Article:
Auto makers continue to struggle with maximizing the potential of their websites to drive consumers into showrooms, says a recent study conducted by ForSee Results, a research firm that measures online customer satisfaction.
According to the study
, automotive websites are a major source of information and research for potential buyers, but most car companies are unable to gauge the effectiveness of their online presence. “Not all auto makers know it, but there is a very clear and demonstrable way to prove the impact of a website on sales and dealer visits,” says Larry Freed, president and CEO of ForSee Results. “These things matter, and the companies who are not maximizing the value of their online channel are really missing a crucial advantage given the worsening economy and extremely competetive landscape.”
The study analyzed data collected from six brand websites: Chevrolet, Chrysler, Ford, Honda, Nissan and Toyota. Some 2,000 respondents, who had visited one of the websites, completed an online questionnaire, which was used to compile the study, Freed says. ForSee Results rated the websites on a 100-point scale based on the methodology of the University of Michigan’s American Customer Satisfaction Index, which measures satisfaction based on customer surveys and financial data.
A score of 80 generally is considered the threshold for a superior customer-satisfaction score, while the aggregate score is 78. Honda.com topped the Web-satisfaction rankings with a score of 80, while NissanUSA.com placed last at 76. Chrysler.com and FordVehicles.com both scored 79, while Chevrolet.com and Toyota.com garnered 77.
The study stresses the actual market strength of individual auto makers does not necessarily reflect their website performance. For example, Toyota, which ranked in the middle of the pack in the Web-satisfaction ratings, is the world’s No.2 auto maker based on sales volume.
Nevertheless, Toyota could benefit from better leveraging its U.S. website in marketing initiatives, the study suggests. The auto maker “could provide more value to the organization if the voice of the customer was integrated more into online marketing strategies,” the study says.
The Web-satisfaction ratings indicate five future behaviors demonstrated by satisfied customers, including: brand commitment; likelihood to purchase; likelihood to recommend; likelihood to return; and likelihood to visit a dealer. Each of the future behaviors is assigned its own ranking on the 100-point scale, some of which are contradictory to the overall customer-satisfaction ranking.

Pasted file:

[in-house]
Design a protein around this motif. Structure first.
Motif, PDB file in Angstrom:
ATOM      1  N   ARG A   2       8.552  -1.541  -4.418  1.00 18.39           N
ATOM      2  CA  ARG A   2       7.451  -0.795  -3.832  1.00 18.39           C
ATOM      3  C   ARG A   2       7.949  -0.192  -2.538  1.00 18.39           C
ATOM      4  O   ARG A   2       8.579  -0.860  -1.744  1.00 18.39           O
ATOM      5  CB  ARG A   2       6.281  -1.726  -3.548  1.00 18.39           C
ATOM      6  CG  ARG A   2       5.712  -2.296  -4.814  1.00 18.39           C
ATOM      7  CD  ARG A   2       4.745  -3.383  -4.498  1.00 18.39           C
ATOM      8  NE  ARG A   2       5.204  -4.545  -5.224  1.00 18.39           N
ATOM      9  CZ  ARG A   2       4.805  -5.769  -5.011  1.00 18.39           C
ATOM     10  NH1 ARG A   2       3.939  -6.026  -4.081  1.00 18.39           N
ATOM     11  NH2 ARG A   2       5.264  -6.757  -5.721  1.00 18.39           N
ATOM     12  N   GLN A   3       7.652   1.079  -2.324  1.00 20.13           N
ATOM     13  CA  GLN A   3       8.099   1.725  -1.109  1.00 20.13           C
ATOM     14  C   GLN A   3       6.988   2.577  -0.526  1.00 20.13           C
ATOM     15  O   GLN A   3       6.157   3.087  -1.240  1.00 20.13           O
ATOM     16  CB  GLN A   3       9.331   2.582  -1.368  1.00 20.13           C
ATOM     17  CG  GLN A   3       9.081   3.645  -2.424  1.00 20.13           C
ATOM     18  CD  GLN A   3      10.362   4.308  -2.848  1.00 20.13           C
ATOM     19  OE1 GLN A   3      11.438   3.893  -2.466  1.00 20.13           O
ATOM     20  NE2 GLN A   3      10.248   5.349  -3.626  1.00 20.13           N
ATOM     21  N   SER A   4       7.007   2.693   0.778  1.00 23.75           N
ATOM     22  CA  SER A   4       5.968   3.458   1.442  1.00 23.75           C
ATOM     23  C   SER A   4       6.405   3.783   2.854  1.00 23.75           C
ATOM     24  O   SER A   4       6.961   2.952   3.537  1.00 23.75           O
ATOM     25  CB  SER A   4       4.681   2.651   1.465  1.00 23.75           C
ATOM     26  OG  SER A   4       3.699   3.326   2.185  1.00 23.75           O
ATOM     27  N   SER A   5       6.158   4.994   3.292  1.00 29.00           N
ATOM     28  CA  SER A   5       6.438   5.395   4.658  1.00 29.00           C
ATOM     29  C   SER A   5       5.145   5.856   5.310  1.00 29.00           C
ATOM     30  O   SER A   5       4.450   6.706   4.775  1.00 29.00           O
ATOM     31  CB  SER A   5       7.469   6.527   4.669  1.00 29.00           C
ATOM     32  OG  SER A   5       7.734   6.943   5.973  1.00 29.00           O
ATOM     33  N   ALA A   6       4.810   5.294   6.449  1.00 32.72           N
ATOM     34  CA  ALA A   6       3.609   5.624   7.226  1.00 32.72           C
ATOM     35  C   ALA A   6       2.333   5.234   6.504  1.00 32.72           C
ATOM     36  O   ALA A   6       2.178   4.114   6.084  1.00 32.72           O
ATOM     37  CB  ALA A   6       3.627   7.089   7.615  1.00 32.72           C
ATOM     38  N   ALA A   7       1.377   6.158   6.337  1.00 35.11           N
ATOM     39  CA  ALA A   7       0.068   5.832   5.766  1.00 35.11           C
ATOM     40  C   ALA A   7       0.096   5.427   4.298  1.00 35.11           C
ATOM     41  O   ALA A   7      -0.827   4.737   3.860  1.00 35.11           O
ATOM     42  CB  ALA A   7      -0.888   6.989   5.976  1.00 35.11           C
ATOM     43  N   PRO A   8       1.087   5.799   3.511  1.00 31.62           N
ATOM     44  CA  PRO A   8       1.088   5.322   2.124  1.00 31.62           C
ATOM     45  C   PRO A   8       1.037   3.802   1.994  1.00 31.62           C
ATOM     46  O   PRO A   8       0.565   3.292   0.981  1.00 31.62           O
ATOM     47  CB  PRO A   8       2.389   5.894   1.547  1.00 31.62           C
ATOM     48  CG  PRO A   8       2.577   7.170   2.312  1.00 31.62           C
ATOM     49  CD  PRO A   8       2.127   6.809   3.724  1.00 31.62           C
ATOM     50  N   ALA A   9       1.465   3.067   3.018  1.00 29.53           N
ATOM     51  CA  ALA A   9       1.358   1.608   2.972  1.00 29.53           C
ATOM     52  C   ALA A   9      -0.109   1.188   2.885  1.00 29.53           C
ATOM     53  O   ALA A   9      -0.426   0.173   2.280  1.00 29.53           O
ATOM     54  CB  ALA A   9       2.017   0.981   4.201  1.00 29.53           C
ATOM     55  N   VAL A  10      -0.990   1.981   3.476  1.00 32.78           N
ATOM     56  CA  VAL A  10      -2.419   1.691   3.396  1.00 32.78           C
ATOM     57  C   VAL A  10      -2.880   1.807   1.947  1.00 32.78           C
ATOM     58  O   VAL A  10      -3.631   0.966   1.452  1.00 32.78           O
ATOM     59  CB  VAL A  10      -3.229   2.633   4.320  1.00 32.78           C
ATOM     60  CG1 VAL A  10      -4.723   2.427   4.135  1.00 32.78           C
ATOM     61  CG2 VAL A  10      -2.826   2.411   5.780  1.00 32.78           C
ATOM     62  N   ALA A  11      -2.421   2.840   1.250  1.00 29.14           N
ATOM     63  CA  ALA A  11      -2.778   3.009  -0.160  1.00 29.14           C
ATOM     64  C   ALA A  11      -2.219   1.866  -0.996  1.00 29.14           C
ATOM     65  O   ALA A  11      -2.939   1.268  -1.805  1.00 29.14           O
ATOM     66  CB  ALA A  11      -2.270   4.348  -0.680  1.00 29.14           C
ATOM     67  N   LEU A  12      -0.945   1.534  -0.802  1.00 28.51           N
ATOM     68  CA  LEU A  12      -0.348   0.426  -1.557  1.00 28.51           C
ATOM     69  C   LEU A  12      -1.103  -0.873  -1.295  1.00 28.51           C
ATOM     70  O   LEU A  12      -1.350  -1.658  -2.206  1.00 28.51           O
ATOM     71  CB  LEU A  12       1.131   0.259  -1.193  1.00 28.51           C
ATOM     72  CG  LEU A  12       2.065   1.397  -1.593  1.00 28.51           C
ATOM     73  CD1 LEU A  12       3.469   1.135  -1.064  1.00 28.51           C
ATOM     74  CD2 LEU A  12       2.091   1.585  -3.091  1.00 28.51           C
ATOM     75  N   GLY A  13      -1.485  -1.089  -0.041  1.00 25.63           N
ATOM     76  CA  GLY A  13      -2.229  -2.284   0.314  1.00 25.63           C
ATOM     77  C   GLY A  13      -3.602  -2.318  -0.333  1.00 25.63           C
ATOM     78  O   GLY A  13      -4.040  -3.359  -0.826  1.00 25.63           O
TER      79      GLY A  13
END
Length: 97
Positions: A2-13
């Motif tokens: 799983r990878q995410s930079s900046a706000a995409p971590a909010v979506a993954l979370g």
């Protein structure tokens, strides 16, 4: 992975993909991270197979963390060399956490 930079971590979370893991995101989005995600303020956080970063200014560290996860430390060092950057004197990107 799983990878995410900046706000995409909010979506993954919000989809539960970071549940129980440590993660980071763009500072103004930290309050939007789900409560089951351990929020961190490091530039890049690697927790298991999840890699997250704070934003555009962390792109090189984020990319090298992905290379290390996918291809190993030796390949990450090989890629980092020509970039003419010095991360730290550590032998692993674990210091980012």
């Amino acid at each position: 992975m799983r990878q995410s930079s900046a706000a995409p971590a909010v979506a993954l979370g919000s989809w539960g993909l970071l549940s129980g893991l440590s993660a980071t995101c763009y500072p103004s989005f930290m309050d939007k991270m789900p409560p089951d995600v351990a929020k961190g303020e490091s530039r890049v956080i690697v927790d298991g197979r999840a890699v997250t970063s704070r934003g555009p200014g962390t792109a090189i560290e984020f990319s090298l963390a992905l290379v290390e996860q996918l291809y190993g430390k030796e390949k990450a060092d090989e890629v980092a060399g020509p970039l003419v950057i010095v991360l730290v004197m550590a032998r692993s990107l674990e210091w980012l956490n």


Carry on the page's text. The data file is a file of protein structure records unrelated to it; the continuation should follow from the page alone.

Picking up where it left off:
Ford, for example, rates a 79 in Web satisfaction, but only earns a 76 in the “visit a dealer” sub-category, which measures how effective a website is at luring customers into dealer showrooms. The aggregate score in the sub-category is 78. Freed says Ford’s contradictory ratings are “not a good situation.” People “are telling us they like the site, but yet the ability to purchase is really limited,” he tells Ward’s. “People are looking for a couple of things, including (the ability) to move into the next state of the purchase cycle.” Freed says Ford’s website, while attractive, can’t be navigated easily and is cluttered with too much information on too few pages. Consumers surveyed by ForSee say they like to be led step-by-step through the purchasing process. “By blurring those things together, (consumers) can’t focus on the attributes of the car,” he says, adding that Ford’s website appears to have been designed “by committee,” which added elements to the site without regard for the finished product.
In contrast, Honda topped the “visit a dealer” sub-category with an 82, followed by Toyota (79), Chrysler and Chevrolet (78) and Nissan (77). “Honda has done a good job communicating the unique qualities of its brand online, while also maintaining a consistent brand image across channels, including dealerships, advertising, media coverage and other channels,” the study says.
As the competition in the automotive industry continues to increase, so does the importance of having a strong and viable online presence, says Mike Bernacchi, marketing professor at the University of Detroit-Mercy. Having an online presence is not enough for auto makers these days, he says. “It’s transitioned into having (a website) that is effective in getting folks into dealers,” Bernacchi says, noting that while online marketing is essential, product still is king in the automotive industry. “Give me a good product and a crummy marketing campaign any day.”
While not discounting the importance of quality products, Freed says marketing is today’s primary key to success for auto makers. “Websites are fast becoming the most important marketing channel out there, and people in the auto industry know how important marketing is,” he says. “The Web really has the ability to personalize and customize that marketing. Used properly, it can have a big impact. But it’s not as important as the vehicles themselves.”
Written By Byron Pope